Joined:
    Jan 17, 2006
    #5
    Yeah, I plan on workign on the Domain issue over the weekend. I have a filling it is a DNS issue. The error is a symbol link is invalid or something like that. I can ping the address and see it in the 'finder?' but can not connect. I downloaded the document from MS regarding connecting a Mac to a Win server; however if I still have problems I will either PM you or post a message here in these great forums!
     
  6. dr_lha macrumors 68000

    Joined:
    Oct 8, 2003
    #6
    Nope, I'm afraid you're wrong. Safe sleep is different from Hibernate on Windows in the fact that it doesn't power off the computer, and it is not a seperate option from regular sleep. Here is how it works:

    Every time you sleep your computer "Safe Sleep" saves the memory state to HD. If the computer remains powered then opening the computer lid (or whatever) will make the computer wake as it normally does. However if the computer loses power (e.g. the battery gets removed) then when it is powered up again it will use the safe sleep file to bring the computer back to life as it was when sleeping.

    Unlike Hibernate on Windows its use is utterly transparent to the user. It "just works". The only real loss of functionality is that you can't force your computer to power off after sleep without somehow removing it from its power source. Well, not from the GUI anyway, it can be done from the command line.
     
  7. Anonymous Freak macrumors 601

    Anonymous Freak

    Joined:
    Dec 12, 2002
    Location:
    Cascadia
    #7
    edit:Sorry, but you are the one that is incorrect. See last paragraph Macs that support Safe Sleep do not save the contents of memory to the hard drive unless the battery is 'dangerously low' (i.e. low enough that it won't let you wake it up from 'normal' sleep.) THEN it turns on, saves memory image to HD, and shuts off. Just like Windows computers do when hibernating, if their power settings are configured correctly. It's just that on Windows computers, you can also CHOOSE hibernate mode, whereas on the Mac, it's not a choice. It does it when it feels like it, and you have no input.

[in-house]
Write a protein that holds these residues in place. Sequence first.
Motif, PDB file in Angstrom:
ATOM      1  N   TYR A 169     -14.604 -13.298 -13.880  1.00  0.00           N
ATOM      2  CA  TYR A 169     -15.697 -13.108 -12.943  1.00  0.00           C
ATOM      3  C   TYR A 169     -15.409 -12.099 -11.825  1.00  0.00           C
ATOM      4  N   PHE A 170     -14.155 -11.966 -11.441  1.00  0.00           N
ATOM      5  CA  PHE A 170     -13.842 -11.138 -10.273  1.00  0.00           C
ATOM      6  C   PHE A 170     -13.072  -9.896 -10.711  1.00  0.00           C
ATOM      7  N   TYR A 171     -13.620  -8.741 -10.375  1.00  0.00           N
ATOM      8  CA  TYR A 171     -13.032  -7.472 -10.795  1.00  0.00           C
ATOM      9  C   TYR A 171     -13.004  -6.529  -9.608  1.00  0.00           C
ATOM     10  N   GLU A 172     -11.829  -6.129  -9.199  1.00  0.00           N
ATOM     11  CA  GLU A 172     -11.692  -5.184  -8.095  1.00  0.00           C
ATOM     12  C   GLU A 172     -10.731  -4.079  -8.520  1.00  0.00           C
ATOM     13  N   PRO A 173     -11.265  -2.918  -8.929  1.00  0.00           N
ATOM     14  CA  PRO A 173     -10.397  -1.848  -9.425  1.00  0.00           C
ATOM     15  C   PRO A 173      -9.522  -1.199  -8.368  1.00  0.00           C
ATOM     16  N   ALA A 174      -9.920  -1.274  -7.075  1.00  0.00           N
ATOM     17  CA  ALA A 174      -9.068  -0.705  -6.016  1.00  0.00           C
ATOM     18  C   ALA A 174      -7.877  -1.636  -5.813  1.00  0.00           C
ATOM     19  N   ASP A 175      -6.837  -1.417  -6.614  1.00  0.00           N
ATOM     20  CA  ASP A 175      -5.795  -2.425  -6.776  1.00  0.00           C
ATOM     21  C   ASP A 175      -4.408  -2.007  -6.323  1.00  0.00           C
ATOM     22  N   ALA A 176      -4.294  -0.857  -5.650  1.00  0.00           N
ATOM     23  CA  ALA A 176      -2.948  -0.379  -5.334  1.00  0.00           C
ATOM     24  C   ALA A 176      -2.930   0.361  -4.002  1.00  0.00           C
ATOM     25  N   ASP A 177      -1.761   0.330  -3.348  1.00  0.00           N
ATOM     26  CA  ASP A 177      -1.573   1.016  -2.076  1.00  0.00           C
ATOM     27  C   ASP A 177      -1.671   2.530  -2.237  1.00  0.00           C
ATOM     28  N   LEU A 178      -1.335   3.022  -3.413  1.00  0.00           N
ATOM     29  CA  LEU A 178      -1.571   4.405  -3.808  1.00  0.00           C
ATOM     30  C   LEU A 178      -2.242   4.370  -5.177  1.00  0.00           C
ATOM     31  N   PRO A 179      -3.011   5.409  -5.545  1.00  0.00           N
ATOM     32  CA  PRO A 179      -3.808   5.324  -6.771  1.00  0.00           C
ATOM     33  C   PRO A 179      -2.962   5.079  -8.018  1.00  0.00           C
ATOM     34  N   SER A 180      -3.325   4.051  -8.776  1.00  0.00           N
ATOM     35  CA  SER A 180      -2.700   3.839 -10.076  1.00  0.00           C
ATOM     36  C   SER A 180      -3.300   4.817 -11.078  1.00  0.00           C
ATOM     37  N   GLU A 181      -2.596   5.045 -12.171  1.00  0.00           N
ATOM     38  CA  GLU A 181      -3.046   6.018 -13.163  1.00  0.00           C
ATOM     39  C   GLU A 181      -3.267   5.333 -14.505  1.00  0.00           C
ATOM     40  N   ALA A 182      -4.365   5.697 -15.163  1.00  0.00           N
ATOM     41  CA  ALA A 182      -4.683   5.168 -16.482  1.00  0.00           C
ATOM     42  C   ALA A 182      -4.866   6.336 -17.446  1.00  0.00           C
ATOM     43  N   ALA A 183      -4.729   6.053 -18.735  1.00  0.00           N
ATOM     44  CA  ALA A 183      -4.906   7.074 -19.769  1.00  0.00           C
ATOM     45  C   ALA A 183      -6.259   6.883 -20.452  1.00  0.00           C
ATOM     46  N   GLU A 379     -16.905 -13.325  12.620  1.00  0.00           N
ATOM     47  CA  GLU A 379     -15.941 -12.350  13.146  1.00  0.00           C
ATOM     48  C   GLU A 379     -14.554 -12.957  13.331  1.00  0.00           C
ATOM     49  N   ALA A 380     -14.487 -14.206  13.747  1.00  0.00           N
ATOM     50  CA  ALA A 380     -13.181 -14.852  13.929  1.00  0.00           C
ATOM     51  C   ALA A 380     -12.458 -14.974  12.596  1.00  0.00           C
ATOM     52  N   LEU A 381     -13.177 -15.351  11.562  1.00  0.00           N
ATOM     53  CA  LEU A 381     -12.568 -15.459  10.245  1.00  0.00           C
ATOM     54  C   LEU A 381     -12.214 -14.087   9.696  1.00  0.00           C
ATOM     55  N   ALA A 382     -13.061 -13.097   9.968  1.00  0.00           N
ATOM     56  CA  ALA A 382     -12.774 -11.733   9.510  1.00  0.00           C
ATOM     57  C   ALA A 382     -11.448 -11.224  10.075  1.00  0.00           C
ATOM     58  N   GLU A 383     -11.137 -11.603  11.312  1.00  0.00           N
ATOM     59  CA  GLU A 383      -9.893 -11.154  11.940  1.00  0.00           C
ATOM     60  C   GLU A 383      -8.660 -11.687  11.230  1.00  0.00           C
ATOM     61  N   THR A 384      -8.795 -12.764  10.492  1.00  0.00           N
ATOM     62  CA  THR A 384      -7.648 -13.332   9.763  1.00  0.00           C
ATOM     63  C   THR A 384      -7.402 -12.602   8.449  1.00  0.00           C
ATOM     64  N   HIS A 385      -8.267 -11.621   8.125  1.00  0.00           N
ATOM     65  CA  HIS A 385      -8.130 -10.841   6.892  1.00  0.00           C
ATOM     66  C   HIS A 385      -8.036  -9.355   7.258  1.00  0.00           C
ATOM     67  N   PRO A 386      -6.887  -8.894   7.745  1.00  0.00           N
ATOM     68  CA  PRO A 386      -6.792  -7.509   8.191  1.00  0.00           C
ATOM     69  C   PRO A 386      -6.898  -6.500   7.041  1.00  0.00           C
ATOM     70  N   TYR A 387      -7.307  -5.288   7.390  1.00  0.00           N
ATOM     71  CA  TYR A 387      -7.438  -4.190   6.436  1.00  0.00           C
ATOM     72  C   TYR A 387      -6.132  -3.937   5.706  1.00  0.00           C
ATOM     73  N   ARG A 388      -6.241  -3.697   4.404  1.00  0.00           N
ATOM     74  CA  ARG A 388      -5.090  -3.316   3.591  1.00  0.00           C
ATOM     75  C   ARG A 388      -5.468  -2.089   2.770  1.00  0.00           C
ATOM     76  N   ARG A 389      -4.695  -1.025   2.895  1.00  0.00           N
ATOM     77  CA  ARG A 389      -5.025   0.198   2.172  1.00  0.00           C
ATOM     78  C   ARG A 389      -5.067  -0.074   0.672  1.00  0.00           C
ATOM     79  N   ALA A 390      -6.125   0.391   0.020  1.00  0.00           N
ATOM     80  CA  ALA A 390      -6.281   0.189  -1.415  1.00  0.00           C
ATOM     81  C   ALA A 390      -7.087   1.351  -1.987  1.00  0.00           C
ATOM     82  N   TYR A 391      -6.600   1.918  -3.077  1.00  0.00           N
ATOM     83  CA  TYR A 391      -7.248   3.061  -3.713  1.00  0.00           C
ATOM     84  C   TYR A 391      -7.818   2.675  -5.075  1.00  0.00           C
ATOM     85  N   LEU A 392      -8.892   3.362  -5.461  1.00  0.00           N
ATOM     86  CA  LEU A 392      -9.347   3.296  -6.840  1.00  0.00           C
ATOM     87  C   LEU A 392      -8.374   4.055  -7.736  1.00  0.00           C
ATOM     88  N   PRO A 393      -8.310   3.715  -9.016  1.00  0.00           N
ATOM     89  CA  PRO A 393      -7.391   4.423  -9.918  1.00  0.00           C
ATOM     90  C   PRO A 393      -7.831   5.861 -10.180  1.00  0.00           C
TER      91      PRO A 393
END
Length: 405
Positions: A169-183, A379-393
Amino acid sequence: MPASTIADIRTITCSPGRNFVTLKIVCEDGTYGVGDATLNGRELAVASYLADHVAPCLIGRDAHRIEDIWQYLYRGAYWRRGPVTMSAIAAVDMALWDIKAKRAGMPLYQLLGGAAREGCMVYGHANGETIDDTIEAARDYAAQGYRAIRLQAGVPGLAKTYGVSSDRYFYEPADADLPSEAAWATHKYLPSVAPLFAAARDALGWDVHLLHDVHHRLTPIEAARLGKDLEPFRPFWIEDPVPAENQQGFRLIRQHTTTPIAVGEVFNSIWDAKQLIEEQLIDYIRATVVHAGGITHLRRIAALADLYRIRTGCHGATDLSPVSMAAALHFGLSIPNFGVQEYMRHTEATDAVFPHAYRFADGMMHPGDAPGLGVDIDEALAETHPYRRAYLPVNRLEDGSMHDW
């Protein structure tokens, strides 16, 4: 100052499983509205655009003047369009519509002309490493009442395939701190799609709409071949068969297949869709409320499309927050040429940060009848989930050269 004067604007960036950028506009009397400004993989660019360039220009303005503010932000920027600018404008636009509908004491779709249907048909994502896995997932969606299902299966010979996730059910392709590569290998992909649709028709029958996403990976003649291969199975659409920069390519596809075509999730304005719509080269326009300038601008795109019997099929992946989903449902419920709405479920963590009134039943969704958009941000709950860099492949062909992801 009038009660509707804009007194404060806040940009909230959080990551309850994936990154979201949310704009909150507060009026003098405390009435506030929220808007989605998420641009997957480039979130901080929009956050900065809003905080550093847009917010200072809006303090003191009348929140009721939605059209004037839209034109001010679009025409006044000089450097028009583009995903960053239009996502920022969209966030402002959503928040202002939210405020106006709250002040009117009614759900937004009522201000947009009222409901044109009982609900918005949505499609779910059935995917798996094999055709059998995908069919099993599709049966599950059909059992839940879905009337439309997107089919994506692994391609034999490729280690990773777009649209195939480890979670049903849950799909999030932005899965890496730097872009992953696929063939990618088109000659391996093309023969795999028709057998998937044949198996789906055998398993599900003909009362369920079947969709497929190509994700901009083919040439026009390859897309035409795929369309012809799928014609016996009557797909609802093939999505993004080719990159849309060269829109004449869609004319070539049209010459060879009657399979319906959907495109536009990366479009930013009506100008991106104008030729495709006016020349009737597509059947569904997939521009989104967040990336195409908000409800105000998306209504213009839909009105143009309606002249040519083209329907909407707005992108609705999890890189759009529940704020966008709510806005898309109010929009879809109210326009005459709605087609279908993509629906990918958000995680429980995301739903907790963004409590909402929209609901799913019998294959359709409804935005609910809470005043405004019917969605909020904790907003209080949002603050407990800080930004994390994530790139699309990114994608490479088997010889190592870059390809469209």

See Apple's documentation on Sleep or Safe Sleep for more info.

    As for Standy/Suspend/Sleep. They are all different names for the same mode. Apple's new Intel Macs use the EXACT same technology to go to 'Sleep' that Windows computers use to go into Standby/Suspend. If you install XP on an Intel Mac, and put it in Standy mode, it will use the exact same amount of power, and generate the exact same amount of heat, as OS X in Sleep mode. There is no technological difference. Standby/Suspend on Windows continues to power RAM, just as Sleep on OS X does. OS X wakes from sleep faster than Windows simply because it was better written to handle sleep better.

    edit: Hrm... After more searching on the Apple Support site, I did find an article on How to swap the MacBook Pro battery, which does mention that "As the system goes to sleep, it will save the contents of the RAM (Random Access Memory) to the computer's hard drive." I guess this is a new thing, as I know it doesn't do this on my Safe-Sleep-enabled 12" PowerBook. (i.e. if I put it to normal sleep, then take out the battery, it won't 'wake from safe sleep' when I power back up, it will just turn on like it had been turned completely off with no safe sleep.) You learn something new every day...
     
  8. dr_lha macrumors 68000

    Joined:
    Oct 8, 2003
    #8
    EDIT: as you've seen the error of your ways... ;)

    Maybe your PB works differently because the 12" PB does not officially support Safe Sleep. I know it works on a 12" PB, but you had to do some hacking to get it to work right? Perhaps you set it to a different mode than the default way Safe Sleep works?

    Note: I also have a 12" PB with safe sleep, and it does work the that Apple doc suggests.
     
  9. Anonymous Freak macrumors 601

    Anonymous Freak

    Joined:
    Dec 12, 2002
    Location:
    Cascadia
    #9
    Yeah, I have a rev.a, which doesn't officially support it, but can be forced to use it.

    I can make it use Safe Sleep instead of normal sleep, or the 'default' mode where it will go into safe sleep if the battery gets too low that it won't wake up from normal sleep.